CNN's Harris Whitbeck reports on the state of the government that Fox is inheriting

Play video
(QuickTime, Real or Windows Media)
Vicente Fox prepares for his inauguration

Fox scores firsts

When Fox takes office, he will score a number of firsts for a Mexican president.

Fox will be:

  • The first Mexican president since 1929 not to be a member of the Institutional Revolutionary Party (PRI).

  • The first businessman with international experience to take the helm of the Latin American nation in decades, after a string of generals and bureaucrats from the PRI.

  • The first Mexican leader since the 1800s to take the presidential oath without a wife by his side. (Fox is divorced.)

The strapping 6-foot 6-inch (2-meter) rancher and former Coca-Cola de Mexico executive has promised Mexicans full democracy after decades of often autocratic single-party rule by the PRI.

Fox has said he envisions a Mexico where wealth is more evenly spread among its 97 million people, where police fight crime and do not head kidnapping rings, where peasants can go to university and where the 40 million poor have the right to expect a better life.

Administration represents change

Creel and Macedo represent the changing face of Mexico.

As a top military prosecutor, Macedo took a tough stance against the corruption which is widespread in the country. Creel, a former elections official, fought for the democratic changes that enabled Fox's party to topple years of rule by the PRI in July elections.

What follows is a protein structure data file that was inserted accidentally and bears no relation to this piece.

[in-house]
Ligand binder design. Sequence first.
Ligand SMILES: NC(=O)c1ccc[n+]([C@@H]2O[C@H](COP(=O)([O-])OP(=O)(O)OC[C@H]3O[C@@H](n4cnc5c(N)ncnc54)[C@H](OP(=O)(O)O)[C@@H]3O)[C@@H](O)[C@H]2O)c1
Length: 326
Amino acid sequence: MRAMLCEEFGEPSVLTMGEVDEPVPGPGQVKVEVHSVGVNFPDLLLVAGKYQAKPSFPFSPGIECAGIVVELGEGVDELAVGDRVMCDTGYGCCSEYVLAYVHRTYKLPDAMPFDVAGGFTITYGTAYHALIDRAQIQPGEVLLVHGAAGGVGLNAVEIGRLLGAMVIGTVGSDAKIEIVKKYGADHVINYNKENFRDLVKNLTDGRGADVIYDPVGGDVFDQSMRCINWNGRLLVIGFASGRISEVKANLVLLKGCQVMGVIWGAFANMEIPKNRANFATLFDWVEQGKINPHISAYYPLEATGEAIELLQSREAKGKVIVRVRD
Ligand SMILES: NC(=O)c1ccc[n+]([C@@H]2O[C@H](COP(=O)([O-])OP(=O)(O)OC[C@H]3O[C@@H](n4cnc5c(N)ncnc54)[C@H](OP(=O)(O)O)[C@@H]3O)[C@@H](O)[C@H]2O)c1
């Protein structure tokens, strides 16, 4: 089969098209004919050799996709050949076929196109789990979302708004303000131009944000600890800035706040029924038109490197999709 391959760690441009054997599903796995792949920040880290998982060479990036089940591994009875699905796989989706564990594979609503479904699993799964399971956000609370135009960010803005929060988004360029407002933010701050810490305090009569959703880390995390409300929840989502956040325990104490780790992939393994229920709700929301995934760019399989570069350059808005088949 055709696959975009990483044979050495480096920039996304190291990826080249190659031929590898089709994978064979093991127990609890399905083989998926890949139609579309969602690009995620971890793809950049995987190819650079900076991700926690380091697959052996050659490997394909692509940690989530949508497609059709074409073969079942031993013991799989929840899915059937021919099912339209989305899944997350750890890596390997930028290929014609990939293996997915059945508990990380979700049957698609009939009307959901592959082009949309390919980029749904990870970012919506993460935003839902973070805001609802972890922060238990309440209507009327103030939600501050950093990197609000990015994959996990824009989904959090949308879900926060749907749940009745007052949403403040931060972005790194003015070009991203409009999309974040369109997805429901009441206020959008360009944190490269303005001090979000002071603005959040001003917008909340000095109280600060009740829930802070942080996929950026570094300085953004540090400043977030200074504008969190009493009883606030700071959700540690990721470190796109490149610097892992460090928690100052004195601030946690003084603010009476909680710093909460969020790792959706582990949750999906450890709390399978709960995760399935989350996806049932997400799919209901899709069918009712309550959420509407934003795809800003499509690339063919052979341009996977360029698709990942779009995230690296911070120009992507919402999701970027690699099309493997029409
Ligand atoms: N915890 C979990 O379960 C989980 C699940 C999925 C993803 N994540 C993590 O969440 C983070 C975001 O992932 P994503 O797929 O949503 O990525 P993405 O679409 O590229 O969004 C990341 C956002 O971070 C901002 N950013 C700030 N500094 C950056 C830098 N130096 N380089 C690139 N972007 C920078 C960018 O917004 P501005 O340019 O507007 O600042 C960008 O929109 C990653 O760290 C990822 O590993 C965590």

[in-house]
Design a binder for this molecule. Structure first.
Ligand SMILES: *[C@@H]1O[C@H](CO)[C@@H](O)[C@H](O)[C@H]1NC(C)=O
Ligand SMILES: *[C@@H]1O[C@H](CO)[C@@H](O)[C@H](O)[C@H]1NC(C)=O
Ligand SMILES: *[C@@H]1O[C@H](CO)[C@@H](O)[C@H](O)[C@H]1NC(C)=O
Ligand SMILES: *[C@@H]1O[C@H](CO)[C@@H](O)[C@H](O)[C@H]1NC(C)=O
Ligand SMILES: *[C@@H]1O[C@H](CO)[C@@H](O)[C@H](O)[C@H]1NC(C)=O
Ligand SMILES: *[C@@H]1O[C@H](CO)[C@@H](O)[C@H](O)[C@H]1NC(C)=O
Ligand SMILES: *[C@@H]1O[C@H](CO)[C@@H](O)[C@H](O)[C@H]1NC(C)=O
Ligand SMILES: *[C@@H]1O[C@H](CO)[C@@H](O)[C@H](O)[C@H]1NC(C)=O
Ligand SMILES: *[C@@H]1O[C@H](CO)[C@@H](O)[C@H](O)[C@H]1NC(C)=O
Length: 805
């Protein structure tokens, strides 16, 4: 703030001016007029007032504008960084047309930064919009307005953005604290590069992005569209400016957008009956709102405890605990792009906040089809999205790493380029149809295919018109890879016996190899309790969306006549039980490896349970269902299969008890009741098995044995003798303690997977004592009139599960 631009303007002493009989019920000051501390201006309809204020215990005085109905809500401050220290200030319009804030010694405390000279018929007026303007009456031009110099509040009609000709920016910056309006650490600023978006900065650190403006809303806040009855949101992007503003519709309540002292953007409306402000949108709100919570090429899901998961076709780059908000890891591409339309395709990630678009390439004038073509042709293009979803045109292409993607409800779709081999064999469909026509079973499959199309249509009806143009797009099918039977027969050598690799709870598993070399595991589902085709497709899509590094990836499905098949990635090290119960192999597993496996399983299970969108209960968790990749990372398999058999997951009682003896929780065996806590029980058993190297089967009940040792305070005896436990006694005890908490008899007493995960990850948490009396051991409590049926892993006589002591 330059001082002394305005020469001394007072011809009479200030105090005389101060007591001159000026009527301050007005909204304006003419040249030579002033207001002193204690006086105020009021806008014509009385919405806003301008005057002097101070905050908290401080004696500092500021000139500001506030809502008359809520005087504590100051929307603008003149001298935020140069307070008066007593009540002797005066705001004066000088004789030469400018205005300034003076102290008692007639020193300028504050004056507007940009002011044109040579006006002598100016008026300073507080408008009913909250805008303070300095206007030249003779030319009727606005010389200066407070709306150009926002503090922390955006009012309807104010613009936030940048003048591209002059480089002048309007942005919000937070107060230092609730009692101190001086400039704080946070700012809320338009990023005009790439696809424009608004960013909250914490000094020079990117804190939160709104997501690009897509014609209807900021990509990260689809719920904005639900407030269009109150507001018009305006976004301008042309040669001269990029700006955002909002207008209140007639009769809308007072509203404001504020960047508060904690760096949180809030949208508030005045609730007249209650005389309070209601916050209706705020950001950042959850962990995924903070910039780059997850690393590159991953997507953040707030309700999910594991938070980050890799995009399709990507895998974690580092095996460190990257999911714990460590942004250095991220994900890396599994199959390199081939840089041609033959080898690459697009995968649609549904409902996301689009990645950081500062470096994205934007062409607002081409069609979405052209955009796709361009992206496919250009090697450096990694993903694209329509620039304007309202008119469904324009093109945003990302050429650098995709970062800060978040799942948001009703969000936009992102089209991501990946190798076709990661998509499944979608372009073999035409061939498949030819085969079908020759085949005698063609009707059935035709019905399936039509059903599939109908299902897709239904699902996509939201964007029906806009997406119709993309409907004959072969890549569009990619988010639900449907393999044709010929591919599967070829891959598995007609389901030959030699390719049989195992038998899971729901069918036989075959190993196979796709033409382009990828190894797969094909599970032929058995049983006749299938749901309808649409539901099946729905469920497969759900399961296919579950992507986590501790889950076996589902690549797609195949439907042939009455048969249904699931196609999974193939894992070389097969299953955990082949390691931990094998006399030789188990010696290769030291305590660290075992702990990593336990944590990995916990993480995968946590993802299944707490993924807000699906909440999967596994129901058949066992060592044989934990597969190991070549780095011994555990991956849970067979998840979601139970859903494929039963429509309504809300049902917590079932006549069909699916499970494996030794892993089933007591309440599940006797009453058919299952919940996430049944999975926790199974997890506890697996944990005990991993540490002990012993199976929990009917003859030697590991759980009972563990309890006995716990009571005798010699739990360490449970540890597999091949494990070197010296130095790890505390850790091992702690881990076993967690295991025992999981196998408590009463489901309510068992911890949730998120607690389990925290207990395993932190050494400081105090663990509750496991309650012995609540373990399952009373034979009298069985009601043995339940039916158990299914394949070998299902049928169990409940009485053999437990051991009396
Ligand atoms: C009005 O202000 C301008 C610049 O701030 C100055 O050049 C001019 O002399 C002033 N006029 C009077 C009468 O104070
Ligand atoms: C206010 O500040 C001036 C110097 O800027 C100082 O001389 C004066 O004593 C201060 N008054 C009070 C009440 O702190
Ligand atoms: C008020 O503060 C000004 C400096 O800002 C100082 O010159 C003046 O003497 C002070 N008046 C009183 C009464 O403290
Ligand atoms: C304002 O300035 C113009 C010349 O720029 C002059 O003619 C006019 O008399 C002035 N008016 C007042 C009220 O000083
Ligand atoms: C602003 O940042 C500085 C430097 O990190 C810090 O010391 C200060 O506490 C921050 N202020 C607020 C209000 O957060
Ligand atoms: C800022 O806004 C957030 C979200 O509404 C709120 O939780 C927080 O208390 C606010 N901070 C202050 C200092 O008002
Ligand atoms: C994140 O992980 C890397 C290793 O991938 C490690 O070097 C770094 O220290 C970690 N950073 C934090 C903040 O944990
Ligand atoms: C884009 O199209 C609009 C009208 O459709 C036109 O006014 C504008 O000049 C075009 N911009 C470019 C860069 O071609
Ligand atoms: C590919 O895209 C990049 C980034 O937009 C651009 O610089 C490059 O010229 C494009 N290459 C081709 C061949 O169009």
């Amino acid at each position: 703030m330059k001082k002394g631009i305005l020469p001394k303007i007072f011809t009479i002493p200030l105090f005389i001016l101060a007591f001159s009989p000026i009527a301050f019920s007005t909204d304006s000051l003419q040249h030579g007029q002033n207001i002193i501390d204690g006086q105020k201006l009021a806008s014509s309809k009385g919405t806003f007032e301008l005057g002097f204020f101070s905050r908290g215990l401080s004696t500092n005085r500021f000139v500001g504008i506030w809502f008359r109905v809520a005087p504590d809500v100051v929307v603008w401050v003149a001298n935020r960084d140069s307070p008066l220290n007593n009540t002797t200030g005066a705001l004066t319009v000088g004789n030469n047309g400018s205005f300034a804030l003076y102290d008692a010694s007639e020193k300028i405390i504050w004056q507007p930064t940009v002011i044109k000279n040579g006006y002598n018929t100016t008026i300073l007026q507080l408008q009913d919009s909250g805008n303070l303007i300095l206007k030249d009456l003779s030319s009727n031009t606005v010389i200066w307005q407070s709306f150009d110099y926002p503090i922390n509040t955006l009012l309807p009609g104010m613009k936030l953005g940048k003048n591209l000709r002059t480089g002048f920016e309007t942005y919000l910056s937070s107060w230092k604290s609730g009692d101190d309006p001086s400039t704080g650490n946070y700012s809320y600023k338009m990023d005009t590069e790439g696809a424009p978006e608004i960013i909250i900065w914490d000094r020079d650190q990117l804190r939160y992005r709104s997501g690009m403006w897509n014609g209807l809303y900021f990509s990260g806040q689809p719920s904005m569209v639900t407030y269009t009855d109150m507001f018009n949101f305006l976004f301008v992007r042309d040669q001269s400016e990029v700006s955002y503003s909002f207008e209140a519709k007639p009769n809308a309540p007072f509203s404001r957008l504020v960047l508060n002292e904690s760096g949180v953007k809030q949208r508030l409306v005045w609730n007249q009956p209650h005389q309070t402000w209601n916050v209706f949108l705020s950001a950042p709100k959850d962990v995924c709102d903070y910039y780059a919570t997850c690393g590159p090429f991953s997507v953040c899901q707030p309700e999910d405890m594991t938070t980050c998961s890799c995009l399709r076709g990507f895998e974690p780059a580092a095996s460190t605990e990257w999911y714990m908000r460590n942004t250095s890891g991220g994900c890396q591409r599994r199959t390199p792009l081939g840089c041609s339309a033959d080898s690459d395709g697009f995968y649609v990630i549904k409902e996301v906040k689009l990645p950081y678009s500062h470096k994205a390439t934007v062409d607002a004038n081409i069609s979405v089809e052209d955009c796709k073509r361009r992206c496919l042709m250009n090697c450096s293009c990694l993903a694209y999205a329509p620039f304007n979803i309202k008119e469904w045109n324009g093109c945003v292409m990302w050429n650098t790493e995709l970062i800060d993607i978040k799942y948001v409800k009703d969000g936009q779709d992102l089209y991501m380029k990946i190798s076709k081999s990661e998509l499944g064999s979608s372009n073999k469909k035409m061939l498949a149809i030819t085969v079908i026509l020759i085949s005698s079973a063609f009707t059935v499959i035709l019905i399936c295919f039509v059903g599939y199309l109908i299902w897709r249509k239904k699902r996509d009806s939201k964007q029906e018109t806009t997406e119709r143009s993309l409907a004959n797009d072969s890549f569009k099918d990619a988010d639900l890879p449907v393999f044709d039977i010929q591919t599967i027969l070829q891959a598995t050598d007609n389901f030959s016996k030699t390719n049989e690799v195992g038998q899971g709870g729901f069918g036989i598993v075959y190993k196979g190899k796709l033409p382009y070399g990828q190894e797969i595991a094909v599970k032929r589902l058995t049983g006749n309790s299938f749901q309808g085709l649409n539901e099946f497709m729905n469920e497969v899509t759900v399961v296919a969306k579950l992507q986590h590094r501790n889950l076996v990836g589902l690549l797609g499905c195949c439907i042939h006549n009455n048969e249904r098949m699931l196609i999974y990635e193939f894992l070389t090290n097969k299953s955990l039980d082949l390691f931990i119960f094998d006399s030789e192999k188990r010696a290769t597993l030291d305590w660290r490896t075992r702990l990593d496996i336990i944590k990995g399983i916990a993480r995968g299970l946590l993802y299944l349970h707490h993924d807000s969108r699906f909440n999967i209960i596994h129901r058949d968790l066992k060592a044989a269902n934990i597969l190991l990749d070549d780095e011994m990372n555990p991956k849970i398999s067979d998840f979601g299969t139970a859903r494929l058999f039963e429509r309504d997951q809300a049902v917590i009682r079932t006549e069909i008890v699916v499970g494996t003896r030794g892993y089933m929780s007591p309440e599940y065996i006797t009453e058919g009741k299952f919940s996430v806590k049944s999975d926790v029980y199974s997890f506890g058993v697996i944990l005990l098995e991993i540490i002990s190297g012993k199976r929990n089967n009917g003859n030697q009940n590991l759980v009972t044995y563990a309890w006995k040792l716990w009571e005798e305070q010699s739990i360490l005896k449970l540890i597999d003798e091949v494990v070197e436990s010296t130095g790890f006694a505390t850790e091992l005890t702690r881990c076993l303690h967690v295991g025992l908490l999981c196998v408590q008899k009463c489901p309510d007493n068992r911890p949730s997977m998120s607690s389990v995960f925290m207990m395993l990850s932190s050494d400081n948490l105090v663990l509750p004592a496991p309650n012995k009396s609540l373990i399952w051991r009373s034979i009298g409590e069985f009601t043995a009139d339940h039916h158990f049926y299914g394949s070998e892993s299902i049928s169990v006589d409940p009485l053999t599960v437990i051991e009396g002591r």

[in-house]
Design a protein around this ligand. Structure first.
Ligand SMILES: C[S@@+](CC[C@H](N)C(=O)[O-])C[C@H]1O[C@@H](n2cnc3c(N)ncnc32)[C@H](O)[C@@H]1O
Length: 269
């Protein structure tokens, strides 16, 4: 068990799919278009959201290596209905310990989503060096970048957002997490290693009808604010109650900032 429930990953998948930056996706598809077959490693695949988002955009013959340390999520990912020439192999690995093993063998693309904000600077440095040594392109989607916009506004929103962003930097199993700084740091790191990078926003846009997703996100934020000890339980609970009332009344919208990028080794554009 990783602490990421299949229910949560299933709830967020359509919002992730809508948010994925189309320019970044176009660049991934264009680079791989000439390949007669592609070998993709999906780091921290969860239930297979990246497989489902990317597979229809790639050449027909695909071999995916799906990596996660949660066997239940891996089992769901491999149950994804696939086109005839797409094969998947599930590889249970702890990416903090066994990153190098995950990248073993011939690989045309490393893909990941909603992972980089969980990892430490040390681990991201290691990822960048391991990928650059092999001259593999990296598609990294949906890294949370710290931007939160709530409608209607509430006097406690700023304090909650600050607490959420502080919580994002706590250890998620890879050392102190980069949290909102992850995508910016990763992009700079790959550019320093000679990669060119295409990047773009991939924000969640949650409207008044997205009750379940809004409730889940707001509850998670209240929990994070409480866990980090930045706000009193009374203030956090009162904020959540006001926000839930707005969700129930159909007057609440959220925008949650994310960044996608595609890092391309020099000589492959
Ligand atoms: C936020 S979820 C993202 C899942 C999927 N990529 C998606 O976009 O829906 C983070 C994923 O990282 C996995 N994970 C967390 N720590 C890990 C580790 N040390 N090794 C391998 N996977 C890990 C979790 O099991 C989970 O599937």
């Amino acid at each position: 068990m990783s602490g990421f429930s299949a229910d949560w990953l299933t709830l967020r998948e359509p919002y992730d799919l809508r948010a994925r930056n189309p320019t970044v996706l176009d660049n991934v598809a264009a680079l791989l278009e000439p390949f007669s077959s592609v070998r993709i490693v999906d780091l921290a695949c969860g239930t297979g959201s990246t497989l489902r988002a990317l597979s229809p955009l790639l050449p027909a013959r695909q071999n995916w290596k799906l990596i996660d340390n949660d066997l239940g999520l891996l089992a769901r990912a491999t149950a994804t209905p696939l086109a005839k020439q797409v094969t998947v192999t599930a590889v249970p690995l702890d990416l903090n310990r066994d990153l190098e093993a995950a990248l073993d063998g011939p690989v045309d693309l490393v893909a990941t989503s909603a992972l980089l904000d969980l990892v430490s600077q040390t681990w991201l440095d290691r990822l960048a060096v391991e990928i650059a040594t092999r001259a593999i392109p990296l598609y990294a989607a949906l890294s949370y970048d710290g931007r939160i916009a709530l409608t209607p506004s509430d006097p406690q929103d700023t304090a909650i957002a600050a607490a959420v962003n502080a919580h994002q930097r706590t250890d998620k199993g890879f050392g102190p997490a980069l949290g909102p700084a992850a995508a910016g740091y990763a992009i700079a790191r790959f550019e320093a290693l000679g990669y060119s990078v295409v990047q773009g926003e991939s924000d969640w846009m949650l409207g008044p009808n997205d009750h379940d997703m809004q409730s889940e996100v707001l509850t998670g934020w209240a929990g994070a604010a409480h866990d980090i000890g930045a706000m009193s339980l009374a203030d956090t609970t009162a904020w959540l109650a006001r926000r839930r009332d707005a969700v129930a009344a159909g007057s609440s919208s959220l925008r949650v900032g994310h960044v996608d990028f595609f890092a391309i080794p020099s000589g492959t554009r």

Creel will take over an interior secretariat stripped of its police and spy duties and given the task of negotiating between the executive and Congress.

Facing a Congress with no majority and a ruling party looking to make a comeback after losing the presidency, Creel will be instrumental in getting Fox's plans into law.

Zedillo aides say 'house in order'

Aides to outgoing President Ernesto Zedillo insist that they are leaving Fox a nation and institution that is in order.

"We have political stability in the country, there is governability in the country, the house is at peace and in order," said Diodoro Carrasco, the outgoing secretary of the interior.

But several unresolved issues will be part of Zedillo's legacy, the most pressing of which is: How deep are the consumers' pockets?